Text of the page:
3. Special Teams
What do we always say?
You can’t win in the NHL unless you execute to a high level on special teams.
The Golden Knights failed to do that in the Western Conference Final and, as a result, they are back home in Vegas as opposed to getting ready to face the Tampa Bay Lightning in the Stanley Cup Final.
So, what exactly went wrong?
Well, there is no doubt that the power play was a huge problem for the Golden Knights throughout the Stanley Cup Finals, and it emerged as a huge snafu during the Western Conference Final.
They went a lowly 5/23 in the Second Round against the Vancouver Canucks, and failed to make the necessary adjustments for the 9th ranked penalty kill in the NHL in the WCF.
And it came back to bite Vegas in the butt.
They were even worst on the PP in the Western Conference Final, going an atrocious 3/22 in the series against the Stars.
That included blowing a couple of 5-on-3 opportunities at critical points in games, while the Knights went 0/3 on the man advantage in Game 5 against Dallas, a game they couldn’t afford to lose.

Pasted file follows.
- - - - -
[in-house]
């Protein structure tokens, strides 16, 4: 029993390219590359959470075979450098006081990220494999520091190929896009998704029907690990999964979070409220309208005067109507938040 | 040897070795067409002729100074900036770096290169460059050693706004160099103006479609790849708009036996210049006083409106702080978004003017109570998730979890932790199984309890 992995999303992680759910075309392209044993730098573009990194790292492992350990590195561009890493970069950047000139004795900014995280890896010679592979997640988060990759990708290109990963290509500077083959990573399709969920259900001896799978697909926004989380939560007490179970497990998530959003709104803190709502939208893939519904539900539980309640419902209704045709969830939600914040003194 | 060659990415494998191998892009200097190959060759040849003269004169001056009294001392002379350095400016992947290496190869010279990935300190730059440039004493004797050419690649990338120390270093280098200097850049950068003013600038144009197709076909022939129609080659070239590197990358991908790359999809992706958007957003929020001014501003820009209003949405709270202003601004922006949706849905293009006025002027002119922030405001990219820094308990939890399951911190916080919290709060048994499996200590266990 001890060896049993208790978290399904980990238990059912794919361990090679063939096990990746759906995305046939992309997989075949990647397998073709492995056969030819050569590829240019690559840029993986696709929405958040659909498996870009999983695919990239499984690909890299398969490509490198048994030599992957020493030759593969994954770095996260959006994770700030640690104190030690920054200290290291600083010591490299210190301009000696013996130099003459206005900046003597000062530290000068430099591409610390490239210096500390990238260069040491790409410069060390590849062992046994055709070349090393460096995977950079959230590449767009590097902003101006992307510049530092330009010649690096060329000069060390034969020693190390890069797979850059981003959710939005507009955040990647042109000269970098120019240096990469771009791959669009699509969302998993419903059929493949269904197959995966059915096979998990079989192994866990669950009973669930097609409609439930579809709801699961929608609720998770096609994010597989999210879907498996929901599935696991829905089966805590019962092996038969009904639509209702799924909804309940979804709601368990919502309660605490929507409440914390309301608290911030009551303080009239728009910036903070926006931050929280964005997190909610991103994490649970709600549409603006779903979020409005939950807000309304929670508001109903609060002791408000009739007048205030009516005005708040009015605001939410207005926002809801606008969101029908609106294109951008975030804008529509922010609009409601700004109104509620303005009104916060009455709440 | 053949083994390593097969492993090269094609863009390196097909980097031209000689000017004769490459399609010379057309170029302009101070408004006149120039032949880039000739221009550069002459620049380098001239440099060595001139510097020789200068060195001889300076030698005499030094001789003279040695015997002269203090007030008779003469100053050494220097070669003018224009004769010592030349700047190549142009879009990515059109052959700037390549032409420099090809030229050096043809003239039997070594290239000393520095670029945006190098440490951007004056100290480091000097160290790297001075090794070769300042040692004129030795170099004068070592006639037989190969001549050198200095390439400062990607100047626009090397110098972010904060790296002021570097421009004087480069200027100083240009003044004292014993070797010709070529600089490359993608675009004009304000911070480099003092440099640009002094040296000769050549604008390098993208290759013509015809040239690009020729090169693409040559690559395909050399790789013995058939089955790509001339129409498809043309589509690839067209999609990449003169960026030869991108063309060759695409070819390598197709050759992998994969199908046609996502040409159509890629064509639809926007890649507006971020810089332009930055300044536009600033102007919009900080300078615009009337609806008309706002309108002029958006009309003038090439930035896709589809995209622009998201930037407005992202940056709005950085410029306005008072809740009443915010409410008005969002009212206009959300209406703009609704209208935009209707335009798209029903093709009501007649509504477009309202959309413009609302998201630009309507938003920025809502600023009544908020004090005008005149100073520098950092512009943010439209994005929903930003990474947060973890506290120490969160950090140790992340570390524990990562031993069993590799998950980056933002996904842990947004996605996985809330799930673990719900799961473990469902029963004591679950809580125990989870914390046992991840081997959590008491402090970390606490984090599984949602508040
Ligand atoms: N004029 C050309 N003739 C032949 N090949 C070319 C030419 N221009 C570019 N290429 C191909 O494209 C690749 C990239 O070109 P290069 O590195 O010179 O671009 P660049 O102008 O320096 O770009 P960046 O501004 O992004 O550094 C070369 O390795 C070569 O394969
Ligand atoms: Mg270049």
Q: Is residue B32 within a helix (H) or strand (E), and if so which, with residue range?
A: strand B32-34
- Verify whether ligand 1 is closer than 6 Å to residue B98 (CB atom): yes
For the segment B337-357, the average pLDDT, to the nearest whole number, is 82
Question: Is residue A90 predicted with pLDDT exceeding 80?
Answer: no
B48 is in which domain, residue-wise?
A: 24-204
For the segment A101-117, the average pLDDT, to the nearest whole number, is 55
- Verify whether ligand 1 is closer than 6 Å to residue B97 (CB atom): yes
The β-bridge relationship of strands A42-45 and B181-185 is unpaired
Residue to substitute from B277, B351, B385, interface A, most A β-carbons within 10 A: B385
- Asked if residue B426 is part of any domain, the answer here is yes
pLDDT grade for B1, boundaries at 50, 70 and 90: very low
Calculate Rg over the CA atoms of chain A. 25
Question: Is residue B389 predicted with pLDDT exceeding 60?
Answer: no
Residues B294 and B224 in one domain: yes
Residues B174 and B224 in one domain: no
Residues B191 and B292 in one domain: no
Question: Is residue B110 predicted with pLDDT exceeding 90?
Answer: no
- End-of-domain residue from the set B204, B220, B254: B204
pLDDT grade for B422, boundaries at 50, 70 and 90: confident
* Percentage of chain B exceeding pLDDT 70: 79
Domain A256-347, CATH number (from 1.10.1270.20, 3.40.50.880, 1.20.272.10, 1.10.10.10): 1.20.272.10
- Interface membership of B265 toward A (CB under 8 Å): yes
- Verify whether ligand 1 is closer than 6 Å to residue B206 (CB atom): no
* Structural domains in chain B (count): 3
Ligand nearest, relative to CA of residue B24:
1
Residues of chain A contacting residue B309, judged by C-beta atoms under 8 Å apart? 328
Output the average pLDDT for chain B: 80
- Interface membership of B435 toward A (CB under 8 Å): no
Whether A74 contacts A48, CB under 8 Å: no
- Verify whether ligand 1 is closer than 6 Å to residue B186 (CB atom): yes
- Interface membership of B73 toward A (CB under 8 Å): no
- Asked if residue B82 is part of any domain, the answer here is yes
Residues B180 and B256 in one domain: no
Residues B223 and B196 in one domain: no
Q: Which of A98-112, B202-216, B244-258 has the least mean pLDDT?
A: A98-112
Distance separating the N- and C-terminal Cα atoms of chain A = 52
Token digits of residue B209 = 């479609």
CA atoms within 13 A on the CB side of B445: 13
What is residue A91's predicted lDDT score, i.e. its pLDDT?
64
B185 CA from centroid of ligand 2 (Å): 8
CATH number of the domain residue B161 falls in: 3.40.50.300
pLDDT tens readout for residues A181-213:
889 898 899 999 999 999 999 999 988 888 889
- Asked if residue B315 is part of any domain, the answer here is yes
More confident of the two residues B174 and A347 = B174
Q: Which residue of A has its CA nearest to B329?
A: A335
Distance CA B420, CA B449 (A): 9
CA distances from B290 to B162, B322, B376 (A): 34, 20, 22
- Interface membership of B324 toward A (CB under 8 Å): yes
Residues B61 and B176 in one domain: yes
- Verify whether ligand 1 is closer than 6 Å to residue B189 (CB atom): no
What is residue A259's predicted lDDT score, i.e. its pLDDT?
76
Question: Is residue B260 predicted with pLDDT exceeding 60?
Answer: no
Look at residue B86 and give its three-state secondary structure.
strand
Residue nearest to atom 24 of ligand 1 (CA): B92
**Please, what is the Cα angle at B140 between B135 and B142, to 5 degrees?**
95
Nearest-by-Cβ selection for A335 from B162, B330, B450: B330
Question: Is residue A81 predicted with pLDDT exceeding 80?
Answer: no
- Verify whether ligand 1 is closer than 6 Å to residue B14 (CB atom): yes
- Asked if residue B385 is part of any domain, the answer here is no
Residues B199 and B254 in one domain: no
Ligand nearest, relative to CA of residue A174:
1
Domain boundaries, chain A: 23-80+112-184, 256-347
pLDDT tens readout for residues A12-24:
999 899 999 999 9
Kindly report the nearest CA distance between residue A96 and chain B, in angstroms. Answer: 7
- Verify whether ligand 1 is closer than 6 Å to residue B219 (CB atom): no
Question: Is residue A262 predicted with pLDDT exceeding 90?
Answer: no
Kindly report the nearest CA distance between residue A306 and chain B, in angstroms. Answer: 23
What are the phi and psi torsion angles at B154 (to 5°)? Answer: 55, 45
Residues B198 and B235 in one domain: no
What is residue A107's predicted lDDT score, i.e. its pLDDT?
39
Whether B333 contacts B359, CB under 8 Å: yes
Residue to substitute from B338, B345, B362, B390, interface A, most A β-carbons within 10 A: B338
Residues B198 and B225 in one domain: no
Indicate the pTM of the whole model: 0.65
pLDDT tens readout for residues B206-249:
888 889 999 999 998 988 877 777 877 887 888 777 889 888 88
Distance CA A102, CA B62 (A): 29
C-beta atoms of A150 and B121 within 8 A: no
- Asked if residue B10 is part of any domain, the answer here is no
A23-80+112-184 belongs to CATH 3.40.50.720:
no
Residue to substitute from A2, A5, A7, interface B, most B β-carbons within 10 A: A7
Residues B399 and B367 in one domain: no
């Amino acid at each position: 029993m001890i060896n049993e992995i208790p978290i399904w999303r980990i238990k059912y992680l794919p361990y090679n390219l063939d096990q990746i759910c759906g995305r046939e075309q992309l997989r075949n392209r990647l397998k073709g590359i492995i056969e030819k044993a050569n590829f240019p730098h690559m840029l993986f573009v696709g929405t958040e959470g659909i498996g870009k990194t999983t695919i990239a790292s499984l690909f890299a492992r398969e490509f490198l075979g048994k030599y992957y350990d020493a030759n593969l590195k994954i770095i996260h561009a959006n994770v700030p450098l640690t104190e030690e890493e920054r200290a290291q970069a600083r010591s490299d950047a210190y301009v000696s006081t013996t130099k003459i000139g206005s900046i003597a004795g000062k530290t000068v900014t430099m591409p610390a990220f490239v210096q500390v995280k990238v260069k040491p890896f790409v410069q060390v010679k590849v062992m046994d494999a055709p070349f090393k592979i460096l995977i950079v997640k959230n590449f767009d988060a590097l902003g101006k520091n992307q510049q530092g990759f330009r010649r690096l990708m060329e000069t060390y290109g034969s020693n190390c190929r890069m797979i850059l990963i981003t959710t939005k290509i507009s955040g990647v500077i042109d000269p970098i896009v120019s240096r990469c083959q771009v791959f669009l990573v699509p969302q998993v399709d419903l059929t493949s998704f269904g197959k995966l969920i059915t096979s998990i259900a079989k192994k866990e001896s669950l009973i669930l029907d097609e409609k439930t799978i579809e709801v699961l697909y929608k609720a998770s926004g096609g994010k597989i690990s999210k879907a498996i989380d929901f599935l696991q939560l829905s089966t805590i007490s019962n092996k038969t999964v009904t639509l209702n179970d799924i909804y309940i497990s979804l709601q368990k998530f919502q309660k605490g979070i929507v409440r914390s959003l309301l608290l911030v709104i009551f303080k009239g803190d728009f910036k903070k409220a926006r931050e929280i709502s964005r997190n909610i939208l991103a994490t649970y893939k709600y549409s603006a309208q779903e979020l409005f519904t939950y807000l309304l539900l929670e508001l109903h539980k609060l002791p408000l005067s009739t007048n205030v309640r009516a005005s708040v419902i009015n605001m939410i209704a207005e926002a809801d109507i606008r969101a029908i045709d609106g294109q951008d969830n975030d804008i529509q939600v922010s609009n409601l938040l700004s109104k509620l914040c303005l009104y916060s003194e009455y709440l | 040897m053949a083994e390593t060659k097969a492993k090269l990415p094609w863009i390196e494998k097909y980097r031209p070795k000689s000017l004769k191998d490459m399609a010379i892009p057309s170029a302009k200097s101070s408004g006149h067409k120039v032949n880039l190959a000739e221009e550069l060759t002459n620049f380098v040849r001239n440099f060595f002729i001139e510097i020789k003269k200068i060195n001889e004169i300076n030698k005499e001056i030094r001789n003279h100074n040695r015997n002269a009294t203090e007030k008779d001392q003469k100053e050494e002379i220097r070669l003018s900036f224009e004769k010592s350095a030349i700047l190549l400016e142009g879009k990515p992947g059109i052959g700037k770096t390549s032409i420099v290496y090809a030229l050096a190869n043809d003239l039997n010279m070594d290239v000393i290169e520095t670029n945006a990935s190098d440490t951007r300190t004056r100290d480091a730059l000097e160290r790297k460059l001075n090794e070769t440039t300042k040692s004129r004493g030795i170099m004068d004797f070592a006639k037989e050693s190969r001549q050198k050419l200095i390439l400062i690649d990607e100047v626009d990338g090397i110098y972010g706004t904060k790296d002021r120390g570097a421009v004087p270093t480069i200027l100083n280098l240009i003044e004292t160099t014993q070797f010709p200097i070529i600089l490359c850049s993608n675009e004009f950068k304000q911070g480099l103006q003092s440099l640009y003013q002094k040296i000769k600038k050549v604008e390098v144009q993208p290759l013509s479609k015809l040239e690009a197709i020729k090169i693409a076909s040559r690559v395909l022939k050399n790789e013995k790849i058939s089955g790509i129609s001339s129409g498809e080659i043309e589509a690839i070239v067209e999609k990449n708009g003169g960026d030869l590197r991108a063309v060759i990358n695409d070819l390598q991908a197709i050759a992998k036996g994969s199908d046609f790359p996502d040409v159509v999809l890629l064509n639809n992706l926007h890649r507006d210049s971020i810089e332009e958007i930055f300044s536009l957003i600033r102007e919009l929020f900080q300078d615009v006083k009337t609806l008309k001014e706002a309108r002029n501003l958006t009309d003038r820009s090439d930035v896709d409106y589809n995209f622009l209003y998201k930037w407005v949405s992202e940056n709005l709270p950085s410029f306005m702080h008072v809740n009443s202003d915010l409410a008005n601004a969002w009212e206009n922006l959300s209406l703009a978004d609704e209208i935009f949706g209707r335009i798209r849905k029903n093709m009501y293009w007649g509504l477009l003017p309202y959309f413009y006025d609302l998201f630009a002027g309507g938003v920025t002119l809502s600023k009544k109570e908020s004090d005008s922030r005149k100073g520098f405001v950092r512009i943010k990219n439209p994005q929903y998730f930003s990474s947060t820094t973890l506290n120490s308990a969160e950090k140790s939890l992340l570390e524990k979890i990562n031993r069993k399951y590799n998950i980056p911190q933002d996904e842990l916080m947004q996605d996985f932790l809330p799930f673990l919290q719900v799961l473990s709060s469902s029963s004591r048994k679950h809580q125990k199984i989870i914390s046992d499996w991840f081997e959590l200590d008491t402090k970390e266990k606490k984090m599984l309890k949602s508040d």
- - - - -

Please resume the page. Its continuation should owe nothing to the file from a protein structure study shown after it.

But lose they did and a weak, stagnant power play that couldn’t generate much at all played a huge role in their exit from the postseason.
As did their penalty kill.
Although stellar for much of the Stanley Cup Playoffs, ranked sixth in the NHL (85.5%), the penalty killing unit choked in two of the biggest moments in a series-clinching win for the Stars.
They gave up a power play goal in the final minutes of regulation in Game 5 with Joel Kiviranta taking the game to overtime, before allowing Denis Gurianov to score the series-clinching goal on the man advantage in OT after defenseman Zach Whitecloud was sent to the box for Delay of Game.
It was two huge examples of failing to execute at critical points in the game, and an inability to make special teams count really hurt the Golden Knights in this series.